Pitt Council won’t ask for address in question period

But addition of neighbourhood requirement sparks debate

Patricia Gordon was not allowed to ask a question of Pitt Meadows council because she would not say her street address. That requirement has been eliminated, but neighbourhood added. Now some argue the neighbourhoods in Pitt Meadows are not clearly defined. (THE NEWS files)

People addressing Pitt Meadows council will no longer have to give their full street address, but will have to say their full name, street, neighbourhood and city.

That prompted a debate at council Tuesday because two members and someone from the public argued the city doesn’t really have neighbourhoods.

At a December council meeting, Patricia Gordon stood at the podium to ask a question of council, and was asked by Mayor John Becker for her name and address.

Gordon said she would list only her street. Becker insisted on her name and street address, in accordance with the city policy for people addressing council in question and comment period.

Gordon sat down without asking a question.

Afterward, Gordon complained the policy has not been enforced equally.

“My freedom of speech and my public participation was taken away from me,” she said.

Gordon is assisting Coun. Bill Dingwall with his campaign for mayor in the 2018 municipal election.

On Tuesday, council voted for a bylaw amendment to delete the sentence, “those appearing before council must state the name and address for the record,” and replaced it with the sentence “those appearing before council must state their full name, street, neighbourhood, and city.”

Coun. Tracy Miyashita said she could not support the “neighbourhood” aspect of the policy, saying the city has no defined neighbourhoods, so it can’t put that into a council policy.

She said the policy could be used to stop someone from addressing council.

“I’ve been at a council meeting where people have not been allowed to speak because of a sticky issue,” said Miyashita.

Coun. Bill Dingwall agreed, saying the city should designate official neighbourhoods as part of the upcoming Official Community Plan revisions, as was suggested by resident Bob Meachen in question period.

“That’s a great idea,” said Dingwall.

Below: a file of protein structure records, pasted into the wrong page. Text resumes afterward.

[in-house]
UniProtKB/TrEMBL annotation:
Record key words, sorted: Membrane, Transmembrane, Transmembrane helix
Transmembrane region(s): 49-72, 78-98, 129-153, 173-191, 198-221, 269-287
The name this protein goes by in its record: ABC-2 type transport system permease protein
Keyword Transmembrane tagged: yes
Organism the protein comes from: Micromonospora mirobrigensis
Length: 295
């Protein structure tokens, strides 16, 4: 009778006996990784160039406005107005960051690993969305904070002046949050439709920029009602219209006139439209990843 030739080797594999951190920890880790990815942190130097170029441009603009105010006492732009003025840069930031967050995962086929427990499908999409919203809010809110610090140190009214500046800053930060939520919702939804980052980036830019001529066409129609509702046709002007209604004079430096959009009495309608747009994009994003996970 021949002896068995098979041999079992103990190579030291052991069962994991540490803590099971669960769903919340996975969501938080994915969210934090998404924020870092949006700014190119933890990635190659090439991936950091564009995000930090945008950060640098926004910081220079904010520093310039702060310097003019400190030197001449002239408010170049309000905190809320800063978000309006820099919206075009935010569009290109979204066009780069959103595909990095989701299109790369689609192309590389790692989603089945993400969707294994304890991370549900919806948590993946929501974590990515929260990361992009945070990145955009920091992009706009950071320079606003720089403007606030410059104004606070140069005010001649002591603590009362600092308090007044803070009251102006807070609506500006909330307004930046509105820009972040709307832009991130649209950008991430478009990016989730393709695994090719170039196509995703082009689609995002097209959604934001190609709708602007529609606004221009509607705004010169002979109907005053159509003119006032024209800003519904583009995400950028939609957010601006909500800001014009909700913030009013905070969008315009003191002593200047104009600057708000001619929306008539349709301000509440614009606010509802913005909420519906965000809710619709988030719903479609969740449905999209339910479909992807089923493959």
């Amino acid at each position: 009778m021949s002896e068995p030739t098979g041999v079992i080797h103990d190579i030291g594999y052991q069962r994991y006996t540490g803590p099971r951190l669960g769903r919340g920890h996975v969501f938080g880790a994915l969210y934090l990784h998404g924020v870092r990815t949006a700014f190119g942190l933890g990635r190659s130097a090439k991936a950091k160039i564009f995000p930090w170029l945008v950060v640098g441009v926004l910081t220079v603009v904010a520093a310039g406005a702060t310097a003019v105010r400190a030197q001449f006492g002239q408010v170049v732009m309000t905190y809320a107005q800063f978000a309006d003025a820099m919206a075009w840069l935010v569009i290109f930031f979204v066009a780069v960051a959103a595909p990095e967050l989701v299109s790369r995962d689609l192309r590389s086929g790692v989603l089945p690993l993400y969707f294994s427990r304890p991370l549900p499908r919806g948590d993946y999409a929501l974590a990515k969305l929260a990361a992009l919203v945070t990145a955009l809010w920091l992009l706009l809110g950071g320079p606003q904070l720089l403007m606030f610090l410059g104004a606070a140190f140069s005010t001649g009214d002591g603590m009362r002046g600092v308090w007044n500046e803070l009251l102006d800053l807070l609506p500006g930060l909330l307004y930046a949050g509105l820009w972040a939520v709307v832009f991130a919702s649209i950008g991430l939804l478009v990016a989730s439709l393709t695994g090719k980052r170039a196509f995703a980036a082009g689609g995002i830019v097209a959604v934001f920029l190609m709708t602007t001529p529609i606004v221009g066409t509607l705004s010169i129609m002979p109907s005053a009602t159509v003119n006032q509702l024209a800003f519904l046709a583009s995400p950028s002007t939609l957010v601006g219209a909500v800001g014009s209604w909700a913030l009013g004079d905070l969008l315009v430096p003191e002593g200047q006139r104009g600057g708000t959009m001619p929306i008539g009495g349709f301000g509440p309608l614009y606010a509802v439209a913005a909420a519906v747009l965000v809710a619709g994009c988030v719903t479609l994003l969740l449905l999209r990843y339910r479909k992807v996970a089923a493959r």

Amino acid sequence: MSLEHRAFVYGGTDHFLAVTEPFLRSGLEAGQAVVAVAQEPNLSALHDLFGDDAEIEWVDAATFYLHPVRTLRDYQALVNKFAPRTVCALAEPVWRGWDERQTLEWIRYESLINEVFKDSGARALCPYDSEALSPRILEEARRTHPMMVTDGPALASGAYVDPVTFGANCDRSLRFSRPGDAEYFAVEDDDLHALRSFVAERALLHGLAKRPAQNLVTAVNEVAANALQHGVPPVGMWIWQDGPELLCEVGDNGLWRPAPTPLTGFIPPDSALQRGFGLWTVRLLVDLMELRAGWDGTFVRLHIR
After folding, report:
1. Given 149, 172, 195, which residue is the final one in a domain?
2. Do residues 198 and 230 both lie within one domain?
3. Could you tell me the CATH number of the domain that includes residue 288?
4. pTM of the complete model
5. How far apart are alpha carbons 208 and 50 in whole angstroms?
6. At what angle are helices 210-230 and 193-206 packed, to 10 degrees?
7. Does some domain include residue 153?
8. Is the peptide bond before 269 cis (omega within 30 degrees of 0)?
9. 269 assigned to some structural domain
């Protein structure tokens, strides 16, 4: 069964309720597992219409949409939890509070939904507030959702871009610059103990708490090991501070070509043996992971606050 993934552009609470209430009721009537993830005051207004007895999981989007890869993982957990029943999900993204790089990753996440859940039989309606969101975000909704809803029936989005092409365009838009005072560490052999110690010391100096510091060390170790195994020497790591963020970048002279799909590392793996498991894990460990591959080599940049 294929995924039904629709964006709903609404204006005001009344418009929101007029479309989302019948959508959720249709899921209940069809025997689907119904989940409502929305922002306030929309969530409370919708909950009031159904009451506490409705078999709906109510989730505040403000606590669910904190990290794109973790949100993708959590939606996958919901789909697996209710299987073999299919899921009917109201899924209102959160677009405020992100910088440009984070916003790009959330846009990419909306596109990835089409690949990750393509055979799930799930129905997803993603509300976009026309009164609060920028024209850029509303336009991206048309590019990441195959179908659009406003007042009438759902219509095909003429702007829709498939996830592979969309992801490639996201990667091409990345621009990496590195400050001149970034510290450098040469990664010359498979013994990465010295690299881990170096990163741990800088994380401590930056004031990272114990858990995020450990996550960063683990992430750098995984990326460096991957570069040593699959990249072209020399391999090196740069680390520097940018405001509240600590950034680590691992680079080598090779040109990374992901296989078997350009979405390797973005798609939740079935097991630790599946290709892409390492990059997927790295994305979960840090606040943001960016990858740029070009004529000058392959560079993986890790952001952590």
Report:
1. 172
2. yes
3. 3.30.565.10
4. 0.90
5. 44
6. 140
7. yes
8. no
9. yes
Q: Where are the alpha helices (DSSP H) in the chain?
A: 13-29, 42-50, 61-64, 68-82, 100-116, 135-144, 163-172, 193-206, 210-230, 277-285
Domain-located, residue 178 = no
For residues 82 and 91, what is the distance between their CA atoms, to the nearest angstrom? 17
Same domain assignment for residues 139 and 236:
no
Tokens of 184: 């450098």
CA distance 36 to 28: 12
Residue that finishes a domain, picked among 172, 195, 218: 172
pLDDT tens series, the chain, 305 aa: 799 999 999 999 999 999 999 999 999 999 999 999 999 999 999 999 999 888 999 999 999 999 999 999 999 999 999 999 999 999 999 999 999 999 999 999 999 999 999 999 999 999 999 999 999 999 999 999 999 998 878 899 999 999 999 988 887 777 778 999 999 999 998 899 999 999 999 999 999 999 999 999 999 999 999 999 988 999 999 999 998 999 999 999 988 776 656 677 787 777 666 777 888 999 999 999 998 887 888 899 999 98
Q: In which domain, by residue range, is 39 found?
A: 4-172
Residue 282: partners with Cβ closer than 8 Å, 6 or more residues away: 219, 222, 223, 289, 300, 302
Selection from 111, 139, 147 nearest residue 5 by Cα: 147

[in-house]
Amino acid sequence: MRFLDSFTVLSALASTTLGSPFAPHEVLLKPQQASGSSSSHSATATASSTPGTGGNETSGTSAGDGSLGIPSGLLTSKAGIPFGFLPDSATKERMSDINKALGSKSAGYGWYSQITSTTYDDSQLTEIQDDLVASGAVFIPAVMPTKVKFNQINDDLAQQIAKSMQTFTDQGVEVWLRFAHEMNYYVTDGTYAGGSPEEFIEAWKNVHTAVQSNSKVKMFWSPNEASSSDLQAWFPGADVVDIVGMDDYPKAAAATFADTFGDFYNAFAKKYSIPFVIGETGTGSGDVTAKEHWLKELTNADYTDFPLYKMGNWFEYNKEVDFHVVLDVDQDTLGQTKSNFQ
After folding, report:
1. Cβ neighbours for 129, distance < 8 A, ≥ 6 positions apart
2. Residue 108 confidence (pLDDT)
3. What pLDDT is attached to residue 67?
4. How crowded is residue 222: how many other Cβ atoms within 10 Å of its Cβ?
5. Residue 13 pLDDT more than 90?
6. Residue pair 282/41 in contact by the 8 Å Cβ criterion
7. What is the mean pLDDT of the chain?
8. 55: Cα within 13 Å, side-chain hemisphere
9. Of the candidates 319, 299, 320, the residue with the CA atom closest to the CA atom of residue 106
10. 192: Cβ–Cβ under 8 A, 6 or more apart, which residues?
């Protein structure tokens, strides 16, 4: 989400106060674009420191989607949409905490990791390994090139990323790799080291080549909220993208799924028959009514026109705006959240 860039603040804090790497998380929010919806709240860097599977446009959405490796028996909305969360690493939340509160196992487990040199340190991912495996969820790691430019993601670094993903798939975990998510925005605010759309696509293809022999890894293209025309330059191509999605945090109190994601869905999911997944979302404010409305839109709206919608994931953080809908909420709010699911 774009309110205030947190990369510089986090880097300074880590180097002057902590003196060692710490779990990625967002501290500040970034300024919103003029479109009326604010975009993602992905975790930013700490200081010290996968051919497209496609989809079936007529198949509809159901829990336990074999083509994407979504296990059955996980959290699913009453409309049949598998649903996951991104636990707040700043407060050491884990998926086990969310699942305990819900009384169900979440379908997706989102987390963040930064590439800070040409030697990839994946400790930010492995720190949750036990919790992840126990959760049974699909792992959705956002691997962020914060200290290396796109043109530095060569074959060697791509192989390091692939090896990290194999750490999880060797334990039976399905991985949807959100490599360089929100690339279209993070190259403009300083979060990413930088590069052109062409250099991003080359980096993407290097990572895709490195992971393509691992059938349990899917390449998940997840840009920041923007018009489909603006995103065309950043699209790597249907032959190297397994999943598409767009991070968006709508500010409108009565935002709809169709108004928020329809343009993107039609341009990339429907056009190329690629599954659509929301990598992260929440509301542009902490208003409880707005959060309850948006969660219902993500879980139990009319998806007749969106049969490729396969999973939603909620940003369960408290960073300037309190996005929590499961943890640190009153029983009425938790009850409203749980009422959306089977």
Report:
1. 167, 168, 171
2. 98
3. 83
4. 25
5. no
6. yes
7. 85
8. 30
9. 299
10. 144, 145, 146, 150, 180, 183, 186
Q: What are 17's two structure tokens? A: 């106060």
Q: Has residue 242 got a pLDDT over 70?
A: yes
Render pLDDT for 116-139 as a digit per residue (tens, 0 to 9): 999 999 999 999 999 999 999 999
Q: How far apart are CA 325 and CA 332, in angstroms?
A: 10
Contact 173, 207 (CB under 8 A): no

Meachen had argued that there are not well defined neighbourhoods in Pitt Meadows, and no official neighbourhoods.

“The whole reason we’re dealing with this issue is because of a literal interpretation,” said Dingwall. “So why would we include a term like ‘neighbourhood’ when we don’t have an official designation of neighbourhoods in our community?”

Coun. Janis Elkerton argued there are neighbourhoods, and most long-term residents refer to areas such as Upland, South Bonson and the ALR. She said some streets traverse the entire community, such as Harris Road, so residents need to be more specific about where in the community they live.

“I’m not hung up on neighbourhood,” agreed Coun. Bruce Bell, saying those addressing council just need to say where they are from in the community.

The amended policy passed on a 4-2 vote, with Dingwall and Miyashita opposed.

Resident Nicole MacDonald spoke in question period, and noted that two speakers who preceded her with comments and questions did not give their neighbourhoods or full names. She said the whole issue came about because of the request for confidentiality, and controversy over whether residents should have to offer a street address.

“It seems a bit ironic we require more [information], and also that we’re not adhering to our bylaw,” she said.

Residents from any part of the city should be able to speak to issues, she said.

“Nicole MacDonald, Pitt Meadows should be enough.”

Gordon said council’s amendment was “overkill, and making things way too complicated.”

She said when people say they live in Uplands or Lowlands, she doesn’t really know what neighbourhood they are in.

“As long as we live in Pitt Meadows, that should be enough,” said Gordon. “Everyone’s opinion counts – we’re all paying taxes.”

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